Soon, each cat had a white beard on his fur, a beard of pure feline happiness. Anastasius even woke her and Maurice's kittens, who came too to drink from the fountain of prosperity. When most of the floor was clear, Justinian hopped onto a chair and let out a loud Meow, letting everyone know it was time to pause and listen. Anastasius sent her kittens out of the room.

"Felines," he began, in a deep, regal tone. "Today we gather in celebration of the superiority of our race over the race of mice."

The cats meowed with excitement.

"Over the past two months since I first heard of the little vermin who knew our plans, I have been working tirelessly to resolve this crisis and restore our dominon. And today, this little mouse wakes without the memory of his subordination. In fact, all mice with this knowledge are either dead, or possess such a strong amnesia that it shall never cross their tiny minds again. Then again, what can we expect. They're rodents." He chuckled, and with him laughed the body of cats around him. "Once again, the authority of the priests goes unchallenged!" he howled.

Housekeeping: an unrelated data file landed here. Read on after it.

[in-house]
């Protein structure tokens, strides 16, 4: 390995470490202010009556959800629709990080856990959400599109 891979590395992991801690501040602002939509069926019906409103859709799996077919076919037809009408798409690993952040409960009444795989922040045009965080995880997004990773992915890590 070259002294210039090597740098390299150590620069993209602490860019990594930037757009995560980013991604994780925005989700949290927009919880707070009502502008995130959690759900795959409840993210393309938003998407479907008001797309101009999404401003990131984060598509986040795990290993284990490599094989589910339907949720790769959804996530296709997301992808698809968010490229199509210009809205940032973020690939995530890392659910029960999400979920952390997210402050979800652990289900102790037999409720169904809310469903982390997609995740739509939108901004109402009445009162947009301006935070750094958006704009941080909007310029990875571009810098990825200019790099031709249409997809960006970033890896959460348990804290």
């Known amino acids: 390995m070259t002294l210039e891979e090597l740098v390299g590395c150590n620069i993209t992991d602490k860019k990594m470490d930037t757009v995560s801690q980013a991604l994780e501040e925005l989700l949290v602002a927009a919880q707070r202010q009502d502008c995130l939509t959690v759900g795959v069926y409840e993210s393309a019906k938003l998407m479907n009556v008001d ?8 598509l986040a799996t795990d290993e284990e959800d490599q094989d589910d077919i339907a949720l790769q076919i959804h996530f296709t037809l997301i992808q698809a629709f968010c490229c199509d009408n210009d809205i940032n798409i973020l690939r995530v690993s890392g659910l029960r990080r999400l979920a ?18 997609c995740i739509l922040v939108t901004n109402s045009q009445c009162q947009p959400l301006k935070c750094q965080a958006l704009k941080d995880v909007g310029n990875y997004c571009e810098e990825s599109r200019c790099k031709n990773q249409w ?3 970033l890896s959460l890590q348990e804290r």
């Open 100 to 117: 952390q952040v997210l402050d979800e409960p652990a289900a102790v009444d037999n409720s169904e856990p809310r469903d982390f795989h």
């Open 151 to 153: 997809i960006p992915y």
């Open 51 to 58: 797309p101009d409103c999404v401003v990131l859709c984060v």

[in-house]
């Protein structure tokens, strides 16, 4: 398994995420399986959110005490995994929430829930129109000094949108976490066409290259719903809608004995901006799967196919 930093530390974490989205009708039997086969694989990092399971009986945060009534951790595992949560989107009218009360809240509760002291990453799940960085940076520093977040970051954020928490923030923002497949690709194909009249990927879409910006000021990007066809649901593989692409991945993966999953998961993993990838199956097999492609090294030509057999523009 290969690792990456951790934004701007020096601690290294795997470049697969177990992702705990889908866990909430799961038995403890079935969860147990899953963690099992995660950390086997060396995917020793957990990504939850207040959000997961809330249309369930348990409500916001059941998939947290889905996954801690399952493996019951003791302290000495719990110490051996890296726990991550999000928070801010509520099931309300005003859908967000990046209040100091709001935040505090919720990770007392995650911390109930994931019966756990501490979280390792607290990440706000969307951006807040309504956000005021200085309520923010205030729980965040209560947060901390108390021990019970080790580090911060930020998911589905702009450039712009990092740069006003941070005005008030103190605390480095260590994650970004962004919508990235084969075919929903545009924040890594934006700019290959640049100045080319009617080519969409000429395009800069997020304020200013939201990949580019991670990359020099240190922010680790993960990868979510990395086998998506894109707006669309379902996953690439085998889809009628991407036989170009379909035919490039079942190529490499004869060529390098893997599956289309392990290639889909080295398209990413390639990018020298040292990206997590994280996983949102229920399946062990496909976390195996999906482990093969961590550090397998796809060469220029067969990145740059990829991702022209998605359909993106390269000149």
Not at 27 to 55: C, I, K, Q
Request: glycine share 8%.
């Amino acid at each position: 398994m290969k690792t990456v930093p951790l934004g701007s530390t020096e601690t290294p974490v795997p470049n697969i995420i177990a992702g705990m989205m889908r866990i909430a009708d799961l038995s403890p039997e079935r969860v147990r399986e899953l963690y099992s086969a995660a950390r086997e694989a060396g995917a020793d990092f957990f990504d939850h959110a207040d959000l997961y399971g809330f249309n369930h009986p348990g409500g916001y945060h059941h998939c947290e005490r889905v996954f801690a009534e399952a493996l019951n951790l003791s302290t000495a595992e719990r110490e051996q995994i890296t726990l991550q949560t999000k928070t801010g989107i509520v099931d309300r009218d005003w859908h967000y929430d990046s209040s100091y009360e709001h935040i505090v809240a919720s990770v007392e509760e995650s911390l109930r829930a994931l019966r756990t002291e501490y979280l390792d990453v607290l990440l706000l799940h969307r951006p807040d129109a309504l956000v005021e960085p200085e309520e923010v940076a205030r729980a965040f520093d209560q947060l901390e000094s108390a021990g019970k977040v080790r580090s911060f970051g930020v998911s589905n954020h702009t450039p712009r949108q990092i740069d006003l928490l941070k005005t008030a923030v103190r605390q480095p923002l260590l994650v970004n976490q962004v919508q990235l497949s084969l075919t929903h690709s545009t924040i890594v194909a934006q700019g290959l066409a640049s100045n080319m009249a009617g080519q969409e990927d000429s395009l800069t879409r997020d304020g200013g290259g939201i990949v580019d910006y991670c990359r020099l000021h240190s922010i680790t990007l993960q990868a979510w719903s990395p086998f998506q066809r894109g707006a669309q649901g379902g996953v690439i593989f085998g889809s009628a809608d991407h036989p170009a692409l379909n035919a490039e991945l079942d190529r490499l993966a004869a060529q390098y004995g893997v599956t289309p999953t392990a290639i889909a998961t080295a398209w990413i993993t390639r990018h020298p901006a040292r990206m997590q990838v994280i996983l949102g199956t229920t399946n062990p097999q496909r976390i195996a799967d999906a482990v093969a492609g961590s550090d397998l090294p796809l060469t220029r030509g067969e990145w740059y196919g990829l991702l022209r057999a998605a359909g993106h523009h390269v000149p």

The cats cheered, and, showing a respectful and delighted deference, allowed him to lap up the rest of the milk.

"I need one volunteer to return back into the heart of darkness to supervise the barbarians," he announced, and the well educated cats laughed, familiar with the book to which he was referring, which only increased their racial superiority. Mice could never read Conrad.

Basilicus volunteered, and walked regally back down the stairs, proud to serve his species. Anastasius gathered up her kittens and took them back to her special feeding bed. Constantine headed upstairs to take a nap, satisfied with his full stomach. Finally, only Maurice and Justinian were left in the dark, antiquated kitchen. They waited until they heard all the quiet cat feet stop padding around the house. Finally, all that could be heard was the gentle, midnight hum of the kitchen appliances, and the occasional puff of ventilation.

"So..." Maurice started.

"You did a very good job. You've served me well, my son."
"Does that mean that you will nominate me instead of Constantine? We all know what he contributed to this mess."

Justinian sighed. He knew that Maurice would make a good leader. He had an alpha-cat demeanor with the calculative intelligence needed for the job. Still, something didn't seem right.

"We'll see," he told Maurice. "I have to consider it. It's been a wild night, and I don't know if I can make a decision this important without adequate time." Maurice nodded understandingly, but Justinian could see in his Son's eyes that he was hurt. "You did well. Take the next day or two off."

He pranced up the stairs and leapt onto Susannah's bed, curling back up next to her. "Where have you been, kitty?" she whispered. He mewed sweetly and began to purr, pleased by his deception; a job well done.

The End